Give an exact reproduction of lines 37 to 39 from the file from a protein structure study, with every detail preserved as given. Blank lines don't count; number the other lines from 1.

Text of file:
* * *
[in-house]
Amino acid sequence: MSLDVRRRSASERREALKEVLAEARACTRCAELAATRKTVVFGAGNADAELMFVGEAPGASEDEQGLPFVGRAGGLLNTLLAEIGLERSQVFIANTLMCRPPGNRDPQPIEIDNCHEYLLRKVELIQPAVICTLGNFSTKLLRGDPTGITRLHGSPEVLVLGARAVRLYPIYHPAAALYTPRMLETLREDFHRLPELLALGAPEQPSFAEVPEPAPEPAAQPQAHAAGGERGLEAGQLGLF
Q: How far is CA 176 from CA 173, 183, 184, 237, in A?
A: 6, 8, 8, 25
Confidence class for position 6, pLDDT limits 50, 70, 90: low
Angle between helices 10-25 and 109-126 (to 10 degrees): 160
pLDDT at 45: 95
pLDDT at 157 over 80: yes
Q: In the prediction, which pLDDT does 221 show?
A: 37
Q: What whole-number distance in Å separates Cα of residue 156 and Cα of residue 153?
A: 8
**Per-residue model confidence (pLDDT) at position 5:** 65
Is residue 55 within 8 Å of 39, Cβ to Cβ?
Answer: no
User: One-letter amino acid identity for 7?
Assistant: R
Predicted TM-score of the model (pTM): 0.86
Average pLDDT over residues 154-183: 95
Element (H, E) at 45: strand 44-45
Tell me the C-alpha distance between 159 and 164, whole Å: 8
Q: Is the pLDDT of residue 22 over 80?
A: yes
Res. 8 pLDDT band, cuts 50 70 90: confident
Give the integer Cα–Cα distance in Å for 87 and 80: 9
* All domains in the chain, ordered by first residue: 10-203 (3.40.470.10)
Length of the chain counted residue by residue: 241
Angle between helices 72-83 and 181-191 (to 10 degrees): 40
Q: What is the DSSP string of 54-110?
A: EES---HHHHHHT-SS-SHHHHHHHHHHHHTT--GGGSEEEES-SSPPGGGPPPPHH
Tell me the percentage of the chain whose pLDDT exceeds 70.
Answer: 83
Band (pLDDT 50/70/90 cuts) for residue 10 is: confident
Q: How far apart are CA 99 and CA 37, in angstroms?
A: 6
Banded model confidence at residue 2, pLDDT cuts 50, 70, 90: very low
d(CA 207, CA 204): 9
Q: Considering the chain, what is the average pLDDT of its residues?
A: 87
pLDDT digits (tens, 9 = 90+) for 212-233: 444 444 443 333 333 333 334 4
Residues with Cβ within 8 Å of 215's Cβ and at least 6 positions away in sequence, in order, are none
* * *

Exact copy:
d(CA 207, CA 204): 9
Q: Considering the chain, what is the average pLDDT of its residues?
A: 87